The following descriptions and photos of a few common conditions that occur in older stained glass windows will help you recognize the early warning signs of deterioration, before irreparable damage is done. We believe that knowing when to call is almost as important as knowing whom to call.


Are your windows bowing, buckling or bulging? This is known as planar deflection and is an indication that the lead channel, which is the primary structural support system of the window, is deteriorating. Depending upon its alloy composition, lead has a service life of 75 to 100 years. (For further information, read the Article “ANALYSIS AND COMPARISON OF OLD AND NEW LEAD CAME” located in our Library.) If your windows are nearing this age, it is time to call and request a window survey and condition report. If the deflection is allowed to progress, the window will migrate downward, tear away from the support bars and, eventually glass will break as a result of this stress. All three of the photographs below show windows that have been allowed to deteriorate to the point of structural failure.


An easy condition to spot is the appearance of light leaks between the glass and the lead. This is an indication that the lead has aged and stretched over time and is allowing the glass to displace from the lead channel. This condition can quickly result in the loss of the most important part of the window – the stained glass. It can also endanger people walking or sitting near the window. A good rule of thumb is that if the edge of the glass is visible, the window needs attention immediately.


When a stained glass window is between 75 and 100 years old, it is at the point of requiring restoration by complete releading. Because releading is an expensive proposition, many studios offer “alternative” treatments such as recementing or cleaning in place, flattening or reducing bulges, adding support bars, installing exterior protective glazing, applying fake leads over cracks, and other so-called repair or stabilization programs. These treatments will only serve to damage your windows, cosmetically or structurally. In a very short time, you will then be faced with spending additional money on a proper restoration. Honest and qualified craftsmen do not propose such short-term wasteful remedies. None of these short-term cosmetics deals with the inevitable fact that, after 75 to 100 years, the lead requires replacement. Complete lead replacement is the only method by which you can successfully resolve all of the aging problems and conditions that occur in a stained glass window. It is the only responsible remedy when treating anything other than vandalism repair or spot damage from storms, etc. When the time comes to consider restoration of your stained glass windows, be diligent in choosing a qualified and responsible restoration studio in order to be assured of the highest quality craftsmanship. This effort will result in another 75 to 100 years of maintenance-free service life for your stained glass windows.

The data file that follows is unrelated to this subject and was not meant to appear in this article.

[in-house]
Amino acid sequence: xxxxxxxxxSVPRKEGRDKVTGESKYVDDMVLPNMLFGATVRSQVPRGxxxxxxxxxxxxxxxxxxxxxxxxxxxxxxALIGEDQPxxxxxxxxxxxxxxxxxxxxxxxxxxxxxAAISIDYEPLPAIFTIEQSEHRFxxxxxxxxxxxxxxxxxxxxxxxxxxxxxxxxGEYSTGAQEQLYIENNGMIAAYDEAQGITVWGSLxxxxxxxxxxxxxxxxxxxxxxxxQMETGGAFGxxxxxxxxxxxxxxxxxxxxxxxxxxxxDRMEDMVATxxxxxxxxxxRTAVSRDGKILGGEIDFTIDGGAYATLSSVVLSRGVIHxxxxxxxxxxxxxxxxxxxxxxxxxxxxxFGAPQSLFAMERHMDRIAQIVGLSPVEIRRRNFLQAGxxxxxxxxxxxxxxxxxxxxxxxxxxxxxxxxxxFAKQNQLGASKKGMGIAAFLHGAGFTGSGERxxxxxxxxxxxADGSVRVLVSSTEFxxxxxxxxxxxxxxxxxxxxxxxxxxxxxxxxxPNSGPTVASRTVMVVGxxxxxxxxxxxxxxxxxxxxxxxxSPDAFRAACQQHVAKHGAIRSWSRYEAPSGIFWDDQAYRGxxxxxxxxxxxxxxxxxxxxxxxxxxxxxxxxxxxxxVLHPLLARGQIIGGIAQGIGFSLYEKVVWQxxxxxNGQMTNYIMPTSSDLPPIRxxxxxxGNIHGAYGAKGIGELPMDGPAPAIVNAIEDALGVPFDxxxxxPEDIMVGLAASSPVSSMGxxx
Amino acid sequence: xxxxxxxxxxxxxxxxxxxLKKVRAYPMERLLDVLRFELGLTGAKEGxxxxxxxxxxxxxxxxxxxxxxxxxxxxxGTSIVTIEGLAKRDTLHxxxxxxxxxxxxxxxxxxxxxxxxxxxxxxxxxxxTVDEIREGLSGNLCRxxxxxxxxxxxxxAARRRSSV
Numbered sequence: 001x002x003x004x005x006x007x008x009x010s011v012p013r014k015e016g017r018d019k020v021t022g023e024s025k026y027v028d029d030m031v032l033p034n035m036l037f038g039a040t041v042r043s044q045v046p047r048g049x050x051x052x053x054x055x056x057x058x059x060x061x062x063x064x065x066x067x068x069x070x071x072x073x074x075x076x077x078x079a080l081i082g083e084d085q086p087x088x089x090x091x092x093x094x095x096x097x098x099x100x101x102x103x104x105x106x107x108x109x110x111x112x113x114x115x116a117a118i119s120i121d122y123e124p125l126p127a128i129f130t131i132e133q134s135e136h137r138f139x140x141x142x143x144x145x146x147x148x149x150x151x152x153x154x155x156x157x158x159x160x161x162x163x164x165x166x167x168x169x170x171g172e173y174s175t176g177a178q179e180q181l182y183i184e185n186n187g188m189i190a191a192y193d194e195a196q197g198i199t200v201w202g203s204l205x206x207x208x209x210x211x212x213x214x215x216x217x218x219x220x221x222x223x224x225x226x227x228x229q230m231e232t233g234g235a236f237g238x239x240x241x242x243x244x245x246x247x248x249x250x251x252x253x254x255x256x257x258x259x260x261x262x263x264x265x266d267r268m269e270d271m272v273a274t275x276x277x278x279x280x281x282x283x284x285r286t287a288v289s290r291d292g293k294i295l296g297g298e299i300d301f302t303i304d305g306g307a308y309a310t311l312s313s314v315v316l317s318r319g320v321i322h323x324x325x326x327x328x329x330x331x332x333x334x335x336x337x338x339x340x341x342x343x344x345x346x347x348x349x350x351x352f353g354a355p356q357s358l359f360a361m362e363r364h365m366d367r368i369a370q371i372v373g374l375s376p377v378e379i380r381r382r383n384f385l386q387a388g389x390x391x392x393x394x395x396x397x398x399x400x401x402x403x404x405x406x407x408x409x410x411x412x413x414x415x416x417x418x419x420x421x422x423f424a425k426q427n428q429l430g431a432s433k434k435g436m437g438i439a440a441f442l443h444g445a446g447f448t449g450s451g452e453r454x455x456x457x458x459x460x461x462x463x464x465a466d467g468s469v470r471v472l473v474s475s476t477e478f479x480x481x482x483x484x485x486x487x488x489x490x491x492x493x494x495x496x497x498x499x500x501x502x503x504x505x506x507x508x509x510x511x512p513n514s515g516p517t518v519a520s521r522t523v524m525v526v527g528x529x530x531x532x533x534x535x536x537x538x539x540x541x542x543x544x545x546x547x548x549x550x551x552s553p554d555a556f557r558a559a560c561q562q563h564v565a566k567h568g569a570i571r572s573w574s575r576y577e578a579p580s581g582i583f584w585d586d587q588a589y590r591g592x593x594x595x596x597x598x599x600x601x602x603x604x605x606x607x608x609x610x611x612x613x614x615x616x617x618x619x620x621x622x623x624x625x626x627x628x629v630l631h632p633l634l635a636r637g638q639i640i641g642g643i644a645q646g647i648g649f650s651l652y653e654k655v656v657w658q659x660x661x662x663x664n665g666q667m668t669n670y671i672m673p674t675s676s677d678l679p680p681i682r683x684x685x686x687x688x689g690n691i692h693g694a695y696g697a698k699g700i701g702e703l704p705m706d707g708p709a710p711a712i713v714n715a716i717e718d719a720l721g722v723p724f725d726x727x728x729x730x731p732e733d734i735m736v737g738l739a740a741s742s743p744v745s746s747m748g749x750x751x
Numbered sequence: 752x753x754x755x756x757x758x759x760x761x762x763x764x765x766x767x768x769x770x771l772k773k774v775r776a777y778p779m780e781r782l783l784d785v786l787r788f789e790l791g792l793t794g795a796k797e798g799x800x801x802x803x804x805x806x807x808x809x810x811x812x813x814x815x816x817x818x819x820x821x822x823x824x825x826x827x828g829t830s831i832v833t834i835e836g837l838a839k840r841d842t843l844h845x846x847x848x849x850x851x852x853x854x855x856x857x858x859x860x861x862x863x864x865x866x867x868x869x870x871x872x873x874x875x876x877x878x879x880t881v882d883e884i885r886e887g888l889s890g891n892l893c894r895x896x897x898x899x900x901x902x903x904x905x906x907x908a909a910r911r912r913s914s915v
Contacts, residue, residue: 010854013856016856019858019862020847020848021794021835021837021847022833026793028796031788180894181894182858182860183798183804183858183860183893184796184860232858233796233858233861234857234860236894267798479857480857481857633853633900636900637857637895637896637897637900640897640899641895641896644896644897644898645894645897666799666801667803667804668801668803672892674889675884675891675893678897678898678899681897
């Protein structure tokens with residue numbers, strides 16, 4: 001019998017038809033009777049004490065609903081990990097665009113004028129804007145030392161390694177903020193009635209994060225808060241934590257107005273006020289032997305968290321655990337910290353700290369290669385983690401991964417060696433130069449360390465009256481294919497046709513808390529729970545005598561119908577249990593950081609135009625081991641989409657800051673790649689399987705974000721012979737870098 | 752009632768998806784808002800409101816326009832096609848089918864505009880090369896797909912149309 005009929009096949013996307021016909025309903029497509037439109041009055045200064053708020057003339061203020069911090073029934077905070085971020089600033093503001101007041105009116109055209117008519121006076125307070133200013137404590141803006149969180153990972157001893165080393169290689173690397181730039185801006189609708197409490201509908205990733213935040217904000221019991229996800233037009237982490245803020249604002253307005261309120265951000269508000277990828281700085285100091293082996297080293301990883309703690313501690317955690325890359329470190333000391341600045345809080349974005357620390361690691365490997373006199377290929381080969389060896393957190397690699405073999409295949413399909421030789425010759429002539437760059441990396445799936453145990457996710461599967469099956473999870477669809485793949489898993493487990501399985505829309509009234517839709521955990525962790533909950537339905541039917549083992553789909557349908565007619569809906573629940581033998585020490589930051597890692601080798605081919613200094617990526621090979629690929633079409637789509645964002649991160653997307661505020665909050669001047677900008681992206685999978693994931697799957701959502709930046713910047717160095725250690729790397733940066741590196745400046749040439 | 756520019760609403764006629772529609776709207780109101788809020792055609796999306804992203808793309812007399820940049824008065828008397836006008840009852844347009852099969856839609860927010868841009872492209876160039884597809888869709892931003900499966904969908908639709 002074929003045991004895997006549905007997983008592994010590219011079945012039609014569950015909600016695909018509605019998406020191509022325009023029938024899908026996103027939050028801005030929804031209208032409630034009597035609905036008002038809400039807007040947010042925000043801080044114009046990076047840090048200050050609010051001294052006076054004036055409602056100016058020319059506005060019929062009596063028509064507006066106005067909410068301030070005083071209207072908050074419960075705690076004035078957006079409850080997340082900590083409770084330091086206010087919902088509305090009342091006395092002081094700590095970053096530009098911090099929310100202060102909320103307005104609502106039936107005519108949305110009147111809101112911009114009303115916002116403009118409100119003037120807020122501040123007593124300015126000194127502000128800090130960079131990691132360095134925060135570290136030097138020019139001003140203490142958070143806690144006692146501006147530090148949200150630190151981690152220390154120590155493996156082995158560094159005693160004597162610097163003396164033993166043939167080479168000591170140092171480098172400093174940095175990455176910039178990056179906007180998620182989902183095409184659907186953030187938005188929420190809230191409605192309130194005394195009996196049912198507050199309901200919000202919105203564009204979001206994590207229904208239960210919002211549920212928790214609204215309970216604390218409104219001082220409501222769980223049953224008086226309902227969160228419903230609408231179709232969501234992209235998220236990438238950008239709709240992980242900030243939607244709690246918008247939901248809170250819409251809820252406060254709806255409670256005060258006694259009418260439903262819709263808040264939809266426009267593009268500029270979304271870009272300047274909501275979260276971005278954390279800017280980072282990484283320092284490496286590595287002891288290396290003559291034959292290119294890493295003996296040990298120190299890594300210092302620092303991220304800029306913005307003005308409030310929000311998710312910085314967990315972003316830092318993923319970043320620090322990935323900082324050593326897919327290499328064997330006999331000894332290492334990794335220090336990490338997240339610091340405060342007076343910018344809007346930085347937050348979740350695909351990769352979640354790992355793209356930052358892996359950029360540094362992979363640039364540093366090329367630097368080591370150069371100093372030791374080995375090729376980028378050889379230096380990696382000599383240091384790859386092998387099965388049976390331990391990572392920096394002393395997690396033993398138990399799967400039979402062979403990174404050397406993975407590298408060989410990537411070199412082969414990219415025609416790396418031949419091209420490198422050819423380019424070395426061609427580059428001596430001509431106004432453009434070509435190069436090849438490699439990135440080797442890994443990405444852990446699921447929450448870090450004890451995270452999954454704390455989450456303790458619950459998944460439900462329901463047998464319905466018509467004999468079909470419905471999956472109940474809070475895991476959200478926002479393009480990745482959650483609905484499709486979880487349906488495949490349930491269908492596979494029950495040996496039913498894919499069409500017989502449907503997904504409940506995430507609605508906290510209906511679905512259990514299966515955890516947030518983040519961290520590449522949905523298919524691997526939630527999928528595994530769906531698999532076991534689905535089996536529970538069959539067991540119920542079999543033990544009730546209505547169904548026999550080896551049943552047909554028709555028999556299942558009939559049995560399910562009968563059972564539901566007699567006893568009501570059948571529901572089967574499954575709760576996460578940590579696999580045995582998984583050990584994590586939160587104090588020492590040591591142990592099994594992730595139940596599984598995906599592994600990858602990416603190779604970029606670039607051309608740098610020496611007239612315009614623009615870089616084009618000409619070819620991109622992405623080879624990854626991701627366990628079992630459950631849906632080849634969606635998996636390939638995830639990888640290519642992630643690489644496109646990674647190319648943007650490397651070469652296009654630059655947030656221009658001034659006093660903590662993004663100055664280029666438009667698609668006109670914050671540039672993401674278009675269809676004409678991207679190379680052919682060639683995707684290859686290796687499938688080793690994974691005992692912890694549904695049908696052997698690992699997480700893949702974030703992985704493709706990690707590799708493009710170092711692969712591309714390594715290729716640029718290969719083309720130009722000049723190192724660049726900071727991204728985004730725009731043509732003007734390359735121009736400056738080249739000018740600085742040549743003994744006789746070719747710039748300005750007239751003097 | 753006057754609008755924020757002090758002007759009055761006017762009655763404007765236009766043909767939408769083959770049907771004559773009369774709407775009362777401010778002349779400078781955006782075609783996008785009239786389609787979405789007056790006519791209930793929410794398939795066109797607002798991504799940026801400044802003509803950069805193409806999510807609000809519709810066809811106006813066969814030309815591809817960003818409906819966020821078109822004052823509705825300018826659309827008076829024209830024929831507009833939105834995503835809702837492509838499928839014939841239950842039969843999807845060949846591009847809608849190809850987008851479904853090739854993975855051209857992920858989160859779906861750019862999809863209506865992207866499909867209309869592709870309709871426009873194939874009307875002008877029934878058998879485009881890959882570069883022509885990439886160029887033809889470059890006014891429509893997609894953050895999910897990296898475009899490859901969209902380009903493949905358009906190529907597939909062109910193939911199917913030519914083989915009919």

Although complete lead replacement was properly prescribed for the center window, the restoration studio was not closely examined. The poor quality of this work is hard to believe. Lead miters are non-existent, the soldering is not completed, holes from broken glass are left gaping, and it appears that no glass was cleaned. This window was severely damaged by a misguided, unskilled craftsman.


The ventilator is both a structural and mechanical part of a window, and should not be overlooked in a thorough stained glass analysis. There are several common causes for poorly operating vents: build up of many layers of paint, water intrusion around the frame itself, swelling of the wood frame which forces the perimeter vent rail out of square, and sagging of the top outer vent frame from the weight of the window above, thus pinching the inner vent frame, rendering it inoperable. A project that does not include proper ventilator restoration is not complete, and will lead to additional expenditures in the near future when poorly operating ventilators cause damage to the recently restored stained glass.


A contributor to stress on stained glass windows is an aging and deteriorating frame. Wood frames are particularly susceptible to a variety of pressures: extreme changes in temperature, moisture intrusion, delamination, infrequent maintenance and poor original construction. The photos below show 100 year old frames that are failing. Weather and age are causing wood members to separate. This structural failure effectively removes the support for the stained glass, allowing the glass to bow and bulge. If the deterioration goes unchecked, lead and solder joints will crack, glass will break, and with increased pressure from the sagging frame, the stained glass panel will dislodge from its location.